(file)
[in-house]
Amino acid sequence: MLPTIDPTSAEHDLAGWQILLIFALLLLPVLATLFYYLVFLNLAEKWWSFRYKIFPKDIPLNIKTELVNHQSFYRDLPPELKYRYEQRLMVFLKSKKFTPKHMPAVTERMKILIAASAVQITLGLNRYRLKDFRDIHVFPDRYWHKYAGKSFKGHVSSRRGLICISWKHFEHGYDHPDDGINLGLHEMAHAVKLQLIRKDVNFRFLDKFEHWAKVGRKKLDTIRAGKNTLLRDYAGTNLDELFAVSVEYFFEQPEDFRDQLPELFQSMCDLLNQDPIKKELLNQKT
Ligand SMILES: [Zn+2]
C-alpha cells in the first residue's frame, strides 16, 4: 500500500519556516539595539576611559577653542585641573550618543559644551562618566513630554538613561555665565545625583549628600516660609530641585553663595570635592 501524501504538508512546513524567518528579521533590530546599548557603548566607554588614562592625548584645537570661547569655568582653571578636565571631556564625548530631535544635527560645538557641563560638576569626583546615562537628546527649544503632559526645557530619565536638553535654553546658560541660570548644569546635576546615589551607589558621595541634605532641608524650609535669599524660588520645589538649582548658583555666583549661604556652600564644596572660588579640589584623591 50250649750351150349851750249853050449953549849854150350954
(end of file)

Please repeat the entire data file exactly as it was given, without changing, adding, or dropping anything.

[in-house]
Amino acid sequence: MLPTIDPTSAEHDLAGWQILLIFALLLLPVLATLFYYLVFLNLAEKWWSFRYKIFPKDIPLNIKTELVNHQSFYRDLPPELKYRYEQRLMVFLKSKKFTPKHMPAVTERMKILIAASAVQITLGLNRYRLKDFRDIHVFPDRYWHKYAGKSFKGHVSSRRGLICISWKHFEHGYDHPDDGINLGLHEMAHAVKLQLIRKDVNFRFLDKFEHWAKVGRKKLDTIRAGKNTLLRDYAGTNLDELFAVSVEYFFEQPEDFRDQLPELFQSMCDLLNQDPIKKELLNQKT
Ligand SMILES: [Zn+2]
C-alpha cells in the first residue's frame, strides 16, 4: 500500500519556516539595539576611559577653542585641573550618543559644551562618566513630554538613561555665565545625583549628600516660609530641585553663595570635592 501524501504538508512546513524567518528579521533590530546599548557603548566607554588614562592625548584645537570661547569655568582653571578636565571631556564625548530631535544635527560645538557641563560638576569626583546615562537628546527649544503632559526645557530619565536638553535654553546658560541660570548644569546635576546615589551607589558621595541634605532641608524650609535669599524660588520645589538649582548658583555666583549661604556652600564644596572660588579640589584623591 50250649750351150349851750249853050449953549849854150350954